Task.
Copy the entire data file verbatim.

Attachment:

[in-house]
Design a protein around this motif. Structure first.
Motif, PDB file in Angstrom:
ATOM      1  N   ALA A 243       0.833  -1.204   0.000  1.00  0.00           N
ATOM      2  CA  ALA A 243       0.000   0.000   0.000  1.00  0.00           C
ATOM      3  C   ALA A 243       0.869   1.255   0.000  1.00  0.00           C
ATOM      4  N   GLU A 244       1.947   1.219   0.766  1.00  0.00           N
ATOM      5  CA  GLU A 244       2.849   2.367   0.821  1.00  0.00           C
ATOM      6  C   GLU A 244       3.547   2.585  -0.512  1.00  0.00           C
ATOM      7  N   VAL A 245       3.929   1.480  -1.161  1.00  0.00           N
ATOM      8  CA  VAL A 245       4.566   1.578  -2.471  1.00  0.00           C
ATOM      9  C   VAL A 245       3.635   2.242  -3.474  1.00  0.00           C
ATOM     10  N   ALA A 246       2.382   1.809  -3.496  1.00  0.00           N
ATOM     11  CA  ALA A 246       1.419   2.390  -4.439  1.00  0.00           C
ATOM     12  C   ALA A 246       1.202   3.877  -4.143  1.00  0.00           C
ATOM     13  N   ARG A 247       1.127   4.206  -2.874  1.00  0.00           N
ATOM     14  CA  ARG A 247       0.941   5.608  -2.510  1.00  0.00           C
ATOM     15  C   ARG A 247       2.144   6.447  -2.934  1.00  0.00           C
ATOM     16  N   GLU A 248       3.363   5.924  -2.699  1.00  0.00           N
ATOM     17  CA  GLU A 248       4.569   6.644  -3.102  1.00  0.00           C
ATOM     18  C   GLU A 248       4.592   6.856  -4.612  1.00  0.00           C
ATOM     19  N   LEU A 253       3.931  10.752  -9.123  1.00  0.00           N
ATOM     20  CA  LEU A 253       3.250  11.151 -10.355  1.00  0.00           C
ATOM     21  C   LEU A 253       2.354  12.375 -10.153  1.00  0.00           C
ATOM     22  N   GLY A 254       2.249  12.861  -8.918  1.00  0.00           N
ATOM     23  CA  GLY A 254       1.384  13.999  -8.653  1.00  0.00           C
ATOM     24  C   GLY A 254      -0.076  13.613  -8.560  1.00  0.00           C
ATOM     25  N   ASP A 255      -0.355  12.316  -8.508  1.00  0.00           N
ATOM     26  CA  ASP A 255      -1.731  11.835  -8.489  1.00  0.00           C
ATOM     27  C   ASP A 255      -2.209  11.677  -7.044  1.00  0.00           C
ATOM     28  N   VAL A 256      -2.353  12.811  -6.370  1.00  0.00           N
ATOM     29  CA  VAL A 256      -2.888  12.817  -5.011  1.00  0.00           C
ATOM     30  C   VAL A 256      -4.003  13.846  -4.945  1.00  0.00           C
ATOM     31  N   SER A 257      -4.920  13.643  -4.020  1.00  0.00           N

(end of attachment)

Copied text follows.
[in-house]
Design a protein around this motif. Structure first.
Motif, PDB file in Angstrom:
ATOM      1  N   ALA A 243       0.833  -1.204   0.000  1.00  0.00           N
ATOM      2  CA  ALA A 243       0.000   0.000   0.000  1.00  0.00           C
ATOM      3  C   ALA A 243       0.869   1.255   0.000  1.00  0.00           C
ATOM      4  N   GLU A 244       1.947   1.219   0.766  1.00  0.00           N
ATOM      5  CA  GLU A 244       2.849   2.367   0.821  1.00  0.00           C
ATOM      6  C   GLU A 244       3.547   2.585  -0.512  1.00  0.00           C
ATOM      7  N   VAL A 245       3.929   1.480  -1.161  1.00  0.00           N
ATOM      8  CA  VAL A 245       4.566   1.578  -2.471  1.00  0.00           C
ATOM      9  C   VAL A 245       3.635   2.242  -3.474  1.00  0.00           C
ATOM     10  N   ALA A 246       2.382   1.809  -3.496  1.00  0.00           N
ATOM     11  CA  ALA A 246       1.419   2.390  -4.439  1.00  0.00           C
ATOM     12  C   ALA A 246       1.202   3.877  -4.143  1.00  0.00           C
ATOM     13  N   ARG A 247       1.127   4.206  -2.874  1.00  0.00           N
ATOM     14  CA  ARG A 247       0.941   5.608  -2.510  1.00  0.00           C
ATOM     15  C   ARG A 247       2.144   6.447  -2.934  1.00  0.00           C
ATOM     16  N   GLU A 248       3.363   5.924  -2.699  1.00  0.00           N
ATOM     17  CA  GLU A 248       4.569   6.644  -3.102  1.00  0.00           C
ATOM     18  C   GLU A 248       4.592   6.856  -4.612  1.00  0.00           C
ATOM     19  N   LEU A 253       3.931  10.752  -9.123  1.00  0.00           N
ATOM     20  CA  LEU A 253       3.250  11.151 -10.355  1.00  0.00           C
ATOM     21  C   LEU A 253       2.354  12.375 -10.153  1.00  0.00           C
ATOM     22  N   GLY A 254       2.249  12.861  -8.918  1.00  0.00           N
ATOM     23  CA  GLY A 254       1.384  13.999  -8.653  1.00  0.00           C
ATOM     24  C   GLY A 254      -0.076  13.613  -8.560  1.00  0.00           C
ATOM     25  N   ASP A 255      -0.355  12.316  -8.508  1.00  0.00           N
ATOM     26  CA  ASP A 255      -1.731  11.835  -8.489  1.00  0.00           C
ATOM     27  C   ASP A 255      -2.209  11.677  -7.044  1.00  0.00           C
ATOM     28  N   VAL A 256      -2.353  12.811  -6.370  1.00  0.00           N
ATOM     29  CA  VAL A 256      -2.888  12.817  -5.011  1.00  0.00           C
ATOM     30  C   VAL A 256      -4.003  13.846  -4.945  1.00  0.00           C
ATOM     31  N   SER A 257      -4.920  13.643  -4.020  1.00  0.00           N